The transportation industry has to deal with its fair share of theft. Thieves target cargo, fuel, and even the commercial vehicle itself. While a driver is bound to notice his or her vehicle is missing, missing cargo or fuel may not be apparent right away. The following are suggestions for how drivers can prevent these types o2f losses.
Prevent Cargo Theft
Of the two, cargo represents the more significant loss. Missing cargo costs the fleet money in replacement, time to redeliver, and reputation.
- Know common theft areas and times. Cargo theft occurs most often in specific states, such as California. Narrowing the scope even further, drivers who familiarize themselves with theft-prone counties can take steps to avoid those areas or be more alert while making deliveries in them. For example, California tops the charts for cargo theft, but the bulk of those claims originate from Los Angelos. Other California counties that report high theft rates include San Bernardino and Riverside. Specific days of the week and the year experience higher theft rates as well. Drivers are more likely to report a loss on a weekend or during the holidays.
- Enforce safe parking procedures. A significant portion of theft occurs due to improper parking. Thieves look for easy targets. Parking far away from destinations or in dim areas, leaving keys in the vehicle, not locking doors, and not checking for tampering all make it easy for thieves to abscond with valuable cargo.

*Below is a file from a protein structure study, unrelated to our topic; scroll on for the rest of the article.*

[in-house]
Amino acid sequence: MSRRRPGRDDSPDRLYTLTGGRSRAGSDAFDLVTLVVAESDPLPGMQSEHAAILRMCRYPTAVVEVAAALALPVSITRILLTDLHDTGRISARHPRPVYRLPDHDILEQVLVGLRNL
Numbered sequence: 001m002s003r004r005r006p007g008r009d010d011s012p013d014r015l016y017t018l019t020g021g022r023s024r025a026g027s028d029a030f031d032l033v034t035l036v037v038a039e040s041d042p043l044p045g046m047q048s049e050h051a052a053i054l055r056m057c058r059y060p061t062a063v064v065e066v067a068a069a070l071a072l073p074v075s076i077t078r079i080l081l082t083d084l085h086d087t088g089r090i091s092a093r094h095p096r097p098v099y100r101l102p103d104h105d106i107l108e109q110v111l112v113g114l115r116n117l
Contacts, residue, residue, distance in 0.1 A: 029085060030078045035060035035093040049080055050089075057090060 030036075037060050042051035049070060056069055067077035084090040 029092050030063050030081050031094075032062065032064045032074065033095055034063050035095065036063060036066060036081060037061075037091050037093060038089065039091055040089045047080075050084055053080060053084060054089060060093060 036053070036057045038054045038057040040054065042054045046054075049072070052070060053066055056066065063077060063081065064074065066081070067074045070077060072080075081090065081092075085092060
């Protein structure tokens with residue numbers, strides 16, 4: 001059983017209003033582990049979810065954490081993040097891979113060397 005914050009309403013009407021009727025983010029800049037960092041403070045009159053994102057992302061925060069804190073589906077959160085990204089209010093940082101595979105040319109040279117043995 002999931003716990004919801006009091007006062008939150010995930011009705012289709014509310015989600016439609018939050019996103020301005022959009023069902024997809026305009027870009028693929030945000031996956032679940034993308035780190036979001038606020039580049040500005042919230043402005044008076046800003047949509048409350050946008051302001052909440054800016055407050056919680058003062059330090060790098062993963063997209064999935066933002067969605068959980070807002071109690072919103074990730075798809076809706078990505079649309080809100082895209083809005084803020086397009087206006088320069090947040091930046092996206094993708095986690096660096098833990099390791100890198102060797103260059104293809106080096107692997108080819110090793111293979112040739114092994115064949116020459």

- Do not discuss the cargo’s destination. Small talk among workers is normal, but drivers never know who may be eavesdropping. Discussing where they are heading can make them a target. This may require a company-wide policy to prevent employees from revealing cargo destinations on accident.
Prevent Fuel Theft
Fuel represents a significant portion of a fleet’s budget. It is also a desirable target because of the fast return. Fuel thieves can make $100 in a few minutes by siphoning gas from commercial vehicles. If they hit several vehicles, they could make a tidy profit in under an hour.
- Invest in locking fuel caps and anti-siphoning caps. This prevents thieves from tapping into fuel tanks.
- Install tank level meters. This also helps prevent siphoning, but it requires fleets to modify their fuel tanks.
- Connect a smart fuel cap. This is effective against fuel card misuse. While many assume that fuel thieves are unknown operators, many drivers misuse their fuel card to obtain gas for personal use. For example, without a smart fuel cap, the driver can purchase 100 gallons of gas but only put 80 into his or her commercial vehicle. That individual can then put the remaining 20 gallons in a can or a personal vehicle.
Theft prevention is a significant responsibility for all fleets. By taking the above steps, fleet managers can reduce cargo and fuel losses. To learn more about protecting transportation assets, contact the experts at MMA Trion.